It is evident from a large number of studies carried out and bulk data available that many Heat shock proteins play crucial roles in carcinogenesis of many malignant and benign brain tumors. Such proteins, giving their roles in folding of proteins (oncoproteins), apoptosis and increased cell survival and also, signaling roles could present a target for therapeutic agents. Inhibitors of some HSPs e.g 17-AAG have already been approved for use in patients with different level of brain tumors [40]. However direct inhibition of an individual HSP might not be as efficient as seen in Hsp90 [41]. Thus use of more diverse approaches in developing inhibitors could be valuable.
Schultz., et al. [41] reported a combine approach of inhibition of HSP27 and pAKT in SPARC-induced glioma cell. Although these approaches have been tested in many forms of brain cancers and tumors particularly gliomas and medulloblastoma, a number of brain cancers have yet to be tried upon by utilizing HSPs as potential therapeutic targets [42]. From our studies, we can conclude that HSPs massive role in promoting brain cancers could spell a potential target for a holistic approach in this complicated group of cancers.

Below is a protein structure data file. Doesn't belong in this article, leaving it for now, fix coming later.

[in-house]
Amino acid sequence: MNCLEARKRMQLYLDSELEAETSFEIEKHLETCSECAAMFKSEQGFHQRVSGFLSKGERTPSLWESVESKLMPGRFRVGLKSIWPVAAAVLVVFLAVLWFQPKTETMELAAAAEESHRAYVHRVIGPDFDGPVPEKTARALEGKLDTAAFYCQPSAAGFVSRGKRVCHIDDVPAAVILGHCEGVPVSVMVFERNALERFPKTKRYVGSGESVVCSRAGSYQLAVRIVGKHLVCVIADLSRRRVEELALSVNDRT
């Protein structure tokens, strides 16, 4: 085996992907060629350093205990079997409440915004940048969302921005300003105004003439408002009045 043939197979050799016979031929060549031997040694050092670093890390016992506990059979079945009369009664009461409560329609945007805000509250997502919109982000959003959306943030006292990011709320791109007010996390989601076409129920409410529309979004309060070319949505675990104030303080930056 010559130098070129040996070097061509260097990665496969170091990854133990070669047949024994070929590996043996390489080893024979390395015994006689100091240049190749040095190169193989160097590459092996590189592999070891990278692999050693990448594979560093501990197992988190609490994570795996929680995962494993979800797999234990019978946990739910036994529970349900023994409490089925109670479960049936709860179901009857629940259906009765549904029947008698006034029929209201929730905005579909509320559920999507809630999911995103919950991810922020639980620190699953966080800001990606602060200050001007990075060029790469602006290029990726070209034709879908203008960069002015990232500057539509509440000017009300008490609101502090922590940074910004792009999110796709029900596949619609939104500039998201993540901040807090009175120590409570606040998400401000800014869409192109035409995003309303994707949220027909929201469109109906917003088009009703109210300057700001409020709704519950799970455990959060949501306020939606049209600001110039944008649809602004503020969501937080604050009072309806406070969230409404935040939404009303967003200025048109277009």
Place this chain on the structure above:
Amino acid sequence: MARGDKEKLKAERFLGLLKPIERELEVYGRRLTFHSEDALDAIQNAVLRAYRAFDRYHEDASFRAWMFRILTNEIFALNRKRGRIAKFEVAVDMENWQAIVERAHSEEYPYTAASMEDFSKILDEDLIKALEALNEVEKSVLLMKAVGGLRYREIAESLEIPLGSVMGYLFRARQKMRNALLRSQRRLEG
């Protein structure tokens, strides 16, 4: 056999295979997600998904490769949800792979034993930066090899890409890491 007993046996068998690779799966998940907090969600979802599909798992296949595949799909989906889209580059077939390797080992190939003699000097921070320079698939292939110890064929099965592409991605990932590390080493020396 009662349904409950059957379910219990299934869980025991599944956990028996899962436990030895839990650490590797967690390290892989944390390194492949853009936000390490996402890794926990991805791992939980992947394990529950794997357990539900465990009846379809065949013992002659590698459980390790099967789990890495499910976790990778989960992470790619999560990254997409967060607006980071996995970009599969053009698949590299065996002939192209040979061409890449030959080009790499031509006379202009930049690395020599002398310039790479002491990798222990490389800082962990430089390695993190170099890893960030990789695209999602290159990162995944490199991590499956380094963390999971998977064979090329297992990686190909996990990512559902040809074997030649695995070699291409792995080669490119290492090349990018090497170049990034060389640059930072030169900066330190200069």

We recommend that more studies on expression of heat shock proteins in different brain tumors. This we enable studies to determine specific classes and families of the protein specifically involved in the development of brain cancers. Similarly, we recommend that such proteins should be targeted as a potential therapeutic measure in management of brain cancers.
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Citation: Sadeeq Muhammad Sheshe., et al. “Heat Shock Proteins in Brain Cancer: A mini Review”. Holistic Approaches in Oncotherapy 1.1 (2017): 16-22.
Copyright: © 2017 Sadeeq Muhammad Sheshe., et al. This is an open-access article distributed under the terms of the Creative Commons Attribution License, which permits unrestricted use, distribution, and reproduction in any medium, provided the original author and source are credited.